Outside in: Bushwick street artist moves his work indoors

Glossy galleries: Luis Rosenfeld’s photos on display at Bushwick’s Ange Noir Cafe.
Photo by Stefano Giovannini

BY MATTHEW PERLMAN

A popular Bushwick artist is getting out of his element — by going indoors.

Luis Rosenfeld’s glossy black and white photographs are more commonly found plastered to the outsides of buildings. But until the end of February, they will be on display in warmer surrounds at Bushwick’s Ange Noir Cafe.

Even on the neighborhood’s graffiti-strewn walls, Rosenfeld’s work stands out. Most street artists trade in paste-ups, tags, and stencils, but Rosenfeld displays intimate black and white portraits, often photos he has taken of people on the street. The subjects are in stark focus, and the background is blurry with camera shake, thanks to a long exposure and off-camera flash. After printing the photographs on cheap standard paper, he coats the images with polyurethane, which gives them a deep gloss.

“I love the process,” said Anguy Pacini, co-owner of Ange Noir Cafe. “The simple paper, with polyurethane. It’s something different. No tags. No spray paint.”

Pacini said he had seen Rosenfeld’s work around the neighborhood, and liked it so much, he tracked the artist down and invited him to exhibit it at the cafe.

“I said to my wife, Why don’t we find the artist?” he said. “And so we did.”

Outside of Ange Noir, one of the best places to view Rosenfeld’s work is on Thames Street, between Morgan Avenue and Vandervoort Place. Here, he has put up nearly a dozen photographs, most of eye-catching people, such as an old man smoking a cigarette and a woman with big frizzy hair. There is also a large-scale close-up of a cat’s face, which people around the neighborhood often recognize.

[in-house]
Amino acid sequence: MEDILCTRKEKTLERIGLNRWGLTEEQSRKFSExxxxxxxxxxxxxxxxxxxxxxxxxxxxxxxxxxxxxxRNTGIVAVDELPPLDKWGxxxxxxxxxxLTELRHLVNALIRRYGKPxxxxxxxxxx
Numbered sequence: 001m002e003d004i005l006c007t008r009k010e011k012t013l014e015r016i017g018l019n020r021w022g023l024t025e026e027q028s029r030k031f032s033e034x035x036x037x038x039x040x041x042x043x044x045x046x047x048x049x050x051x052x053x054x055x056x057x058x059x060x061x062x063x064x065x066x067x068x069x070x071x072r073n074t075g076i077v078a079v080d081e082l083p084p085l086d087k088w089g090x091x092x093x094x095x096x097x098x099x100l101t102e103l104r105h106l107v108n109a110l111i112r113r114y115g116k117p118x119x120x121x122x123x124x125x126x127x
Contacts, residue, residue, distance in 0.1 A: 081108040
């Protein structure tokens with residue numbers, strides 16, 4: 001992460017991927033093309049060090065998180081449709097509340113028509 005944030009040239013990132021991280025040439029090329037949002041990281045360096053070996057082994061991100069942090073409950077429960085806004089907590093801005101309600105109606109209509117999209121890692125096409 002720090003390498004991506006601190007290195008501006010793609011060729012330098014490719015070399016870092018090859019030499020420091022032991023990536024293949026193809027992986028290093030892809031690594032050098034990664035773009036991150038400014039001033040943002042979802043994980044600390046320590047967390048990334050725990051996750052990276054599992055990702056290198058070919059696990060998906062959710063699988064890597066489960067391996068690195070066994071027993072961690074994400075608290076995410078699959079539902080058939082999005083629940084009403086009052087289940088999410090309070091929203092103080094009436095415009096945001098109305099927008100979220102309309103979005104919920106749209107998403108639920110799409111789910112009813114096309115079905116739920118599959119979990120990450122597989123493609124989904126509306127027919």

“I made my own gallery there,” Rosenfeld said.

Other artists have started covering the wall with their own work, which adds layers to the piece as it evolves over time. But Rosenfeld is fine with that.

“I like it when it gets dirty,” said Rosenfeld, who splits his time between Brooklyn and Baltimore, where he runs a graffiti museum in a warehouse he owns.

Back at Ange Noir, Pacini said he could not be happier with his decision to invite the al fresco artist inside his cafe — who knows, Rosenfeld could turn out to be the next Banksy.

“He wants to offer a new concept,” said Pacini while looking at a photograph of a woman wearing a small decorative mask around her eyes. “I’m going to buy it. In a few years this guy could be big.”

See Luis Rosenfeld’s art at Ange Noir Cafe [247 Varet St. between White and Bogart streets in Bushwick, (718) 821–2459, www.angenoircafe.com]. Through February.

Reach reporter Matthew Perlman at (718) 260-8310. E-mail him at mperlman@cnglocal.com. Follow him on Twitter @matthewjperlman.
Street style: You can also see Rosenfeld’s work on Thames Street, between Morgan Avenue and Vandervoort Place, in Bushwick.
Photo by Stefano Giovannini

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